Facebook has faced pressure for potentially misleading publishers about advertising metrics. A lawsuit filed this week in California has put the issue back in the spotlight.
Las Vegas-based marketing agency Crowd Siren added additional complaints to an existing lawsuit, accusing Facebook of knowing about, and hiding, the fact that video ad metrics were inaccurate, according to Bloomberg. Facebook claims the suit is "without merit."
In September 2016, Facebook admitted to overstating how much time users actually spent watching video ads by as much as 80 percent. Ad agencies and media companies alike rely on such metrics to make significant business decisions.
Facebook said it fixed the problem in 2016, but Crowd Siren alleges that Facebook knew about it for much longer. The lawsuit now contains claims of fraud, accusing Facebook of knowing about the issue as far back as early 2015, without letting anyone know. The lawsuit got an additional request for damages as a result of Facebook's alleged behaviour.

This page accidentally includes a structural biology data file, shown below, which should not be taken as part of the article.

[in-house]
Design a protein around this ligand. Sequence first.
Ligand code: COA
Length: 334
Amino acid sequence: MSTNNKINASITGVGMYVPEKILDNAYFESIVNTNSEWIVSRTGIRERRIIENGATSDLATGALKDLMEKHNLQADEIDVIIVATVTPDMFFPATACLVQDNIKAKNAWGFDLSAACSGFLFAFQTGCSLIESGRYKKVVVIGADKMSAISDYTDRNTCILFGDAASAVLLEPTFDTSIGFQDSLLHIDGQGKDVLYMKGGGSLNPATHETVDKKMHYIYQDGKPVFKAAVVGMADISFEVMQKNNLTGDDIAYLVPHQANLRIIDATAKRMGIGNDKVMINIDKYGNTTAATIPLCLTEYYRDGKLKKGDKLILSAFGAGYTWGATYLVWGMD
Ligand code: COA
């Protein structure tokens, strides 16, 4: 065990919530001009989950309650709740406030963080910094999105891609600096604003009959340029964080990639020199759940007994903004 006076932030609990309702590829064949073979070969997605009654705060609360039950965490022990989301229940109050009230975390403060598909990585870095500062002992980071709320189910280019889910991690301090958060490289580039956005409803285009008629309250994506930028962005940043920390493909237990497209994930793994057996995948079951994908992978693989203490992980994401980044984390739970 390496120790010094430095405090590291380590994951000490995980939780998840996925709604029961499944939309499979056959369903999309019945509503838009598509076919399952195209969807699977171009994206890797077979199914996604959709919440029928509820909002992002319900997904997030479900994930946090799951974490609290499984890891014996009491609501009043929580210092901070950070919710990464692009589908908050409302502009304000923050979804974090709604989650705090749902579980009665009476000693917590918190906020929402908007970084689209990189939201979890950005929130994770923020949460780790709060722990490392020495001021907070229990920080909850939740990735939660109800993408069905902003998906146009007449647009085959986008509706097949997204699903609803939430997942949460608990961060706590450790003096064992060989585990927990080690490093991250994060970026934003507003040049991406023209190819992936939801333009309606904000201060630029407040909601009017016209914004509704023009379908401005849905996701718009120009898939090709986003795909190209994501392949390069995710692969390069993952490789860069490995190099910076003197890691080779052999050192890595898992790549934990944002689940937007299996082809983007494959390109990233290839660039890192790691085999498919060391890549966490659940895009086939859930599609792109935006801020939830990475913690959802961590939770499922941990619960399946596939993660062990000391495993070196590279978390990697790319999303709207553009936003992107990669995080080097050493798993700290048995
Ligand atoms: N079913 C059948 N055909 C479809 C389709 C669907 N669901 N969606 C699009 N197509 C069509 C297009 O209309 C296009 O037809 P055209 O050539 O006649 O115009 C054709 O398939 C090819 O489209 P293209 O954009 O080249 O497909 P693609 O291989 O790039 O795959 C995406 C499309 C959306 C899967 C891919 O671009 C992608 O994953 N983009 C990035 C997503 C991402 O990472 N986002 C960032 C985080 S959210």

The new complaint also alleges Facebook did not actually fix the problem as it claims. The basis for that allegation is that advertisers never saw a "precipitous drop" in viewership, according to Crowd Siren.
"Suggestions that we in any way tried to hide this issue from our partners are false," Facebook told Bloomberg. "We told our customers about the error when we discovered it -- and updated our help center to explain the issue."
Facebook is the second biggest digital advertiser in the world, with much of its recent growth focused on video. The past few years have seen several high-profile media companies make a so-called "pivot to video" by laying off writers in favor of producers. Mic, Vox Media, Mashable and Vice have all laid off employees at least in part due to this trend since 2016.
In other news, the Irish Data Protection Commission said Facebook's September data breach affected around 3 million European users, according to reports. If true, Facebook could be fined more than $1 billion by the European Union under the jurisdiction of its recently enacted General Data Protection Regulation.
Facebook has struggled with data privacy scandals throughout 2018.